In the United States, where we prize individuality, living in accordance Ubuntu may seen like a form of co-dependence. Yet, in the workplace ubuntu is essential for both personal well-being and for getting the job done. Every person has unique personal and professional goals; and to reach our goals, we must work with our co-workers who have different, even competing goals. Even as a freelance writer working at home, I must have strong, respectful relationships with my clients, my editor, and computer support person.

John Donne summarized the Ubuntu concept in his famous poem No Man is an Island, the opening lines of which are

No man is an island,
Entire of itself,
Every man is a piece of the continent,
A part of the main.

Read the complete poem at the end of this post.

We work together; we must depend on one another to get the job done. Often, we succeed or fail together. Because of this interdependence, we must interact with one another in ways that are respectful, accepting, collaborative, and compassionate. However, this does not mean that we accept poor work or tolerate bad behavior. We accept our co-workers for who they are and when necessary, tactfully and discretely call them on their poor performance or bad behavior. You don’t have to be a manager to pursue ubuntu. It is a holistic, grassroots process.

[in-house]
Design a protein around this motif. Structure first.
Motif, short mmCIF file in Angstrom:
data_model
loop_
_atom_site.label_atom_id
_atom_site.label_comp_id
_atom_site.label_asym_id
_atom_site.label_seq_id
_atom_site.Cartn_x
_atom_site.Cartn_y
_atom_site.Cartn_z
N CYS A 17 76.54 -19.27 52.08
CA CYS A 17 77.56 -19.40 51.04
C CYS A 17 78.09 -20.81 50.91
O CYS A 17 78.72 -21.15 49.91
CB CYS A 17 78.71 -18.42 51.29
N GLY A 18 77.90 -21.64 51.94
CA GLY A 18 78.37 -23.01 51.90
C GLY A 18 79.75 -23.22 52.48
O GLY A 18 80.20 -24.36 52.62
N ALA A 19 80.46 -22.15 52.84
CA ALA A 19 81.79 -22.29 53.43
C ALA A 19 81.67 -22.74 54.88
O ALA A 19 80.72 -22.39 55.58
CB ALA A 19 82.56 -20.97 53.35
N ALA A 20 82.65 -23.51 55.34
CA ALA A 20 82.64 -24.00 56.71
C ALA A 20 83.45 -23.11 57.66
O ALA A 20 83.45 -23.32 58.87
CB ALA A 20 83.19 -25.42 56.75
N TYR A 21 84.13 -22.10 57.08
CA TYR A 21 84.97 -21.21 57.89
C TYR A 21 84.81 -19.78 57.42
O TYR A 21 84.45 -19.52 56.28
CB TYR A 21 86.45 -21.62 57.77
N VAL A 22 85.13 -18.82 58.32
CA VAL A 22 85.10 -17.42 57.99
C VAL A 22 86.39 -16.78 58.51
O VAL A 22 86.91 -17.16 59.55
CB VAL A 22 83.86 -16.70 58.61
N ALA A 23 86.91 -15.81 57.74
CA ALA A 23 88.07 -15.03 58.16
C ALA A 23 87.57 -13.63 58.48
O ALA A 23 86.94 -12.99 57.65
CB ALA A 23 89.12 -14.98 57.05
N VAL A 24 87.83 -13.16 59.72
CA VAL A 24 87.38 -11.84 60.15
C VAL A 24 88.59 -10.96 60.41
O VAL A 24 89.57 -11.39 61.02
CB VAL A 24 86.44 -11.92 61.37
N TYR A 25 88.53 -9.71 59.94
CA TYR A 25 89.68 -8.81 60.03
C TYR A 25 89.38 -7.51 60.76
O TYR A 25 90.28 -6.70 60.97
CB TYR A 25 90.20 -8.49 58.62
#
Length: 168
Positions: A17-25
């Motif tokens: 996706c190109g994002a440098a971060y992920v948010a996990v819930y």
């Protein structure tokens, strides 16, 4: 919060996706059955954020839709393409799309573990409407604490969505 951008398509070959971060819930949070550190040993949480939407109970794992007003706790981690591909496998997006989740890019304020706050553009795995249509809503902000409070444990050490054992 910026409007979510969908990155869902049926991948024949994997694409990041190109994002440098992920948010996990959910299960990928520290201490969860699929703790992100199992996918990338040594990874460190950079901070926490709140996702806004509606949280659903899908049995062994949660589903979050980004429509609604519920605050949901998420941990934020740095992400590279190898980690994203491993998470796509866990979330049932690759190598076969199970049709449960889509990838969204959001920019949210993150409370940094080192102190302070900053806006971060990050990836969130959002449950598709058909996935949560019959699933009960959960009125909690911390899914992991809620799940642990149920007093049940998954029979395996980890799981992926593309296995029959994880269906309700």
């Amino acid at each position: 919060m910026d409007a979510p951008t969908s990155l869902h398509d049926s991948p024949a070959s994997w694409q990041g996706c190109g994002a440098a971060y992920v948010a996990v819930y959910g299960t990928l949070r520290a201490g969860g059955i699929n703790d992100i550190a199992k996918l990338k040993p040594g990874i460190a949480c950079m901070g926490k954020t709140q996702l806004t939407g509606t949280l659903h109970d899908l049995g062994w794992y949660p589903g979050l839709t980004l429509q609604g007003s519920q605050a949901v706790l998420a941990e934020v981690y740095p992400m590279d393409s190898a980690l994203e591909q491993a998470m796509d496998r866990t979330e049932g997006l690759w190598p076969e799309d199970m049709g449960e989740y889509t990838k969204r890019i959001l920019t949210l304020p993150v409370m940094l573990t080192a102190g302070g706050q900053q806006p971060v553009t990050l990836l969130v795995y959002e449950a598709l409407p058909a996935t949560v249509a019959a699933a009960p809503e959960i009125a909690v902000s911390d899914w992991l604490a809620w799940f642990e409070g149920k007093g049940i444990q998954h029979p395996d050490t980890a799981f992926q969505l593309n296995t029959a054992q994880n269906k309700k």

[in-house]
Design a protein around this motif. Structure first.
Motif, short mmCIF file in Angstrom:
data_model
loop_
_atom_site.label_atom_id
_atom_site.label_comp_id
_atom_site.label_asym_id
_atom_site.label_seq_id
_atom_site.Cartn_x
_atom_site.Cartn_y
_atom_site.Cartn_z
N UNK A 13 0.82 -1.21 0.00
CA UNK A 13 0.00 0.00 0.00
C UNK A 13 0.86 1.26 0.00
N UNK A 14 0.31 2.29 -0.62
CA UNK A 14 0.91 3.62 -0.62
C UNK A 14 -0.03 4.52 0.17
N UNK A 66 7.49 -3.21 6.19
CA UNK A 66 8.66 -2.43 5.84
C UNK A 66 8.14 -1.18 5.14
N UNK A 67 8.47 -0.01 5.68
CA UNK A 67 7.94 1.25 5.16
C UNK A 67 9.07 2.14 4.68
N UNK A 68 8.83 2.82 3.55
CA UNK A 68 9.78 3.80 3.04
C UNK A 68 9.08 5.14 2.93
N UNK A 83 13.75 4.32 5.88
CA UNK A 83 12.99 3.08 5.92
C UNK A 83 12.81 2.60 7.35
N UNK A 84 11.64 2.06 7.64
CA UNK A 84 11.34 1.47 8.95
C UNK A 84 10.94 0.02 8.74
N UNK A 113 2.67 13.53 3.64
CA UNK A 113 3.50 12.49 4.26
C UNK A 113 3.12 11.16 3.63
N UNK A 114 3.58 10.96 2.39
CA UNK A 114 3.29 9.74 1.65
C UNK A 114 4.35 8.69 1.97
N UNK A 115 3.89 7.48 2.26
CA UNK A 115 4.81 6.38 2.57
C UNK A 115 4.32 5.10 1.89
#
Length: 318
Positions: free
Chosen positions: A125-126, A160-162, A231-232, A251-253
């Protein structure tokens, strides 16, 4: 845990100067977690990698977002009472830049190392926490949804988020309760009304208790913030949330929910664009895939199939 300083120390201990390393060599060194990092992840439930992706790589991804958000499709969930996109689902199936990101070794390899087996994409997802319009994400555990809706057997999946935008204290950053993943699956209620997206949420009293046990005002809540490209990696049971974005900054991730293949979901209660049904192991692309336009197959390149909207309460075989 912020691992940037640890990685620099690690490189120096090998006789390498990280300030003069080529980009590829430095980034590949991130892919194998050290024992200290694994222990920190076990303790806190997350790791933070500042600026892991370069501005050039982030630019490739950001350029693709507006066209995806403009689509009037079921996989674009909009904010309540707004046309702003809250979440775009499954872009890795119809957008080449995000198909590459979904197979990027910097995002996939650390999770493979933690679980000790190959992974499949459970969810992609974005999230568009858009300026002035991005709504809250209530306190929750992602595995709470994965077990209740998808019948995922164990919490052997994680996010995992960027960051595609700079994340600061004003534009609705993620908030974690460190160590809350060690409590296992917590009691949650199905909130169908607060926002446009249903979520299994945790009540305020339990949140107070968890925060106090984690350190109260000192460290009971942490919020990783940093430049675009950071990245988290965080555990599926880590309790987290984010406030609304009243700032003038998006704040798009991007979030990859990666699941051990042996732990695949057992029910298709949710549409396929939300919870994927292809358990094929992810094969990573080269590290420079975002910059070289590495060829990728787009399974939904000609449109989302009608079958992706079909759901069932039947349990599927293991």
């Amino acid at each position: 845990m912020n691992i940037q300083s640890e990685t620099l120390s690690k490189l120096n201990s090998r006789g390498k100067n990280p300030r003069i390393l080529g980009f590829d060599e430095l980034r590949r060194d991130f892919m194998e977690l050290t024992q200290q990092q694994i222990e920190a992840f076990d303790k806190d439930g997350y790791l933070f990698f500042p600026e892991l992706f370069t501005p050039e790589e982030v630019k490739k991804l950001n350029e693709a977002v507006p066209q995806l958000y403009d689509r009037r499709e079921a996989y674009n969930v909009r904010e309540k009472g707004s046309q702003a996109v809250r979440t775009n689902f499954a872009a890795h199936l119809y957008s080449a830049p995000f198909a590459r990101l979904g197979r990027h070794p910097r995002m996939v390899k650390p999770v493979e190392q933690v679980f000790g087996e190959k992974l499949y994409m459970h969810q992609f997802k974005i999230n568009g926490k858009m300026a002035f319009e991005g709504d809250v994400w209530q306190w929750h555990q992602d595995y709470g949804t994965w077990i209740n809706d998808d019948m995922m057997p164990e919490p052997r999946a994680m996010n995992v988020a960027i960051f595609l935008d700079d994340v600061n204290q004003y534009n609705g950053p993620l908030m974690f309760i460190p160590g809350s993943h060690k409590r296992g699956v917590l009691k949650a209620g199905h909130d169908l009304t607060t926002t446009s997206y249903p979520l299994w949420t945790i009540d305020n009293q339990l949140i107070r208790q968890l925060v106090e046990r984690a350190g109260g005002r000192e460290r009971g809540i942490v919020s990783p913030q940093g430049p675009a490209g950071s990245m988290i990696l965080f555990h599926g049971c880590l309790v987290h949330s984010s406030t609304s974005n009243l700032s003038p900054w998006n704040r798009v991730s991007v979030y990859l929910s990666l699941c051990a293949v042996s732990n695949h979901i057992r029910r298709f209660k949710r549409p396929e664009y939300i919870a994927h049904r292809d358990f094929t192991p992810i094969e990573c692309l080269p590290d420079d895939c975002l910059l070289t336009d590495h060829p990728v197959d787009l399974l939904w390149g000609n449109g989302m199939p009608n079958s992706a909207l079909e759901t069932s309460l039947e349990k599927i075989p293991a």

Applying the Lessons of Ubuntu on the Job

Ubantu offers us many lessons that we can apply to build a strong, productive and supportive relationships with our co-workers, manager and clients. Some of these lessons include:

  • Focus on solving a problem, rather than assigning blame.
  • In stressful situations, keep your emotions under control.
  • Every person is important and valuable – treat them respectfully
  • Mutual support and concern supports each person in the group in doing their best work. When people care about us, we don’t want to disappoint them.